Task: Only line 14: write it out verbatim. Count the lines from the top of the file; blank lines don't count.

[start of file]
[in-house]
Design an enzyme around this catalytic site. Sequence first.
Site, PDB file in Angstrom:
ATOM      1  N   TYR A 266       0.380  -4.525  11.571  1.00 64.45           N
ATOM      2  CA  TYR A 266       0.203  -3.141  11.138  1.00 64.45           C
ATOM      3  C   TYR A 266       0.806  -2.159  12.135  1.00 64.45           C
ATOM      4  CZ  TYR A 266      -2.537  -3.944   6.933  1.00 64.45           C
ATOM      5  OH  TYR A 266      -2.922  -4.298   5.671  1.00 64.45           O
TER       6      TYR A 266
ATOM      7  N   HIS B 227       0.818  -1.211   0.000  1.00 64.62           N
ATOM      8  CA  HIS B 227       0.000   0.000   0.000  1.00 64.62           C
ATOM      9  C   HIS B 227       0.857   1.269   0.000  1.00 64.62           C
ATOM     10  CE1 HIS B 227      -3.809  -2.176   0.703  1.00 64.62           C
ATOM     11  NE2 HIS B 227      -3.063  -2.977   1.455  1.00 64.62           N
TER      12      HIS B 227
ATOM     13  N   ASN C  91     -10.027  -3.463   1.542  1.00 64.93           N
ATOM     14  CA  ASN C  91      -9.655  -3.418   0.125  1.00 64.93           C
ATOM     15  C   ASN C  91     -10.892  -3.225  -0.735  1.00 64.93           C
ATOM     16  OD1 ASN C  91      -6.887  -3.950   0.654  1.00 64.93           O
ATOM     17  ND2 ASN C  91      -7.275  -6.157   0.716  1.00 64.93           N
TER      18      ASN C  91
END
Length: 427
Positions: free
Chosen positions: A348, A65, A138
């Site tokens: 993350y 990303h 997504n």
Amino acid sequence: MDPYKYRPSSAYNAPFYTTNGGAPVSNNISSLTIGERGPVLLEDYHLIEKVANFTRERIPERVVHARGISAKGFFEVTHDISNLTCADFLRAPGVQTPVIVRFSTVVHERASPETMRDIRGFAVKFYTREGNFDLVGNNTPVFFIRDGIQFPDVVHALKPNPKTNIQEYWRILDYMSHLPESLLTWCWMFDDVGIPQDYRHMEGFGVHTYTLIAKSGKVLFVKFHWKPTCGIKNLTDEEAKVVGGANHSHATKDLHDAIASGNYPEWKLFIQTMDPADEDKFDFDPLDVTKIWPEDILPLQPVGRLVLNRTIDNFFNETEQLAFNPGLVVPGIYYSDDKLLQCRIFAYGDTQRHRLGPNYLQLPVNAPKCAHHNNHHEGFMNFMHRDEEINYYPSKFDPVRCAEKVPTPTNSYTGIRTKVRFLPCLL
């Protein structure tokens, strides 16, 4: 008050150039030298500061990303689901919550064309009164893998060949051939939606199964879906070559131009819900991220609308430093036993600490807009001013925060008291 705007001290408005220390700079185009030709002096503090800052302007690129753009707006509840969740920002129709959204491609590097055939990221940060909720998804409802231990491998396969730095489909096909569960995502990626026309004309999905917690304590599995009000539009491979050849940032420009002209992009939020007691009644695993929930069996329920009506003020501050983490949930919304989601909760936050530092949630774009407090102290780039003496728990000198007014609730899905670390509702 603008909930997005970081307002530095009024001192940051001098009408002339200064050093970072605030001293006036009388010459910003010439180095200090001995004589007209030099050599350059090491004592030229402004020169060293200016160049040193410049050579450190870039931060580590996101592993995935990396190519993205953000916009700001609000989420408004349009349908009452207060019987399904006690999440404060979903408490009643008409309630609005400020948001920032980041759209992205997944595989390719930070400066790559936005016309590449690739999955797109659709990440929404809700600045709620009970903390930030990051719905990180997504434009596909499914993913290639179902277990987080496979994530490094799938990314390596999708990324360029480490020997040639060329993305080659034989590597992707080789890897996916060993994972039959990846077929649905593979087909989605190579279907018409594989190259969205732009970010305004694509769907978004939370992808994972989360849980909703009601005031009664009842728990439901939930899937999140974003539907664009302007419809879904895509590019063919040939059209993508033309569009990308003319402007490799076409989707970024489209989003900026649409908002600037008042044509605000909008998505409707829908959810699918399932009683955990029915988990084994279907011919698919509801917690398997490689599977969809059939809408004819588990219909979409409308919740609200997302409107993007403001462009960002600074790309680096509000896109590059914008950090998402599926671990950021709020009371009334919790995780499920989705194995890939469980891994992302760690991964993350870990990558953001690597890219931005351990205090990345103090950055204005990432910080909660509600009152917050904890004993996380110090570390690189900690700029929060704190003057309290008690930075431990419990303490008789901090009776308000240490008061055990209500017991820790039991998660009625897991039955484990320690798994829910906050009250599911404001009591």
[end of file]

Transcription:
ATOM     11  NE2 HIS B 227      -3.063  -2.977   1.455  1.00 64.62           N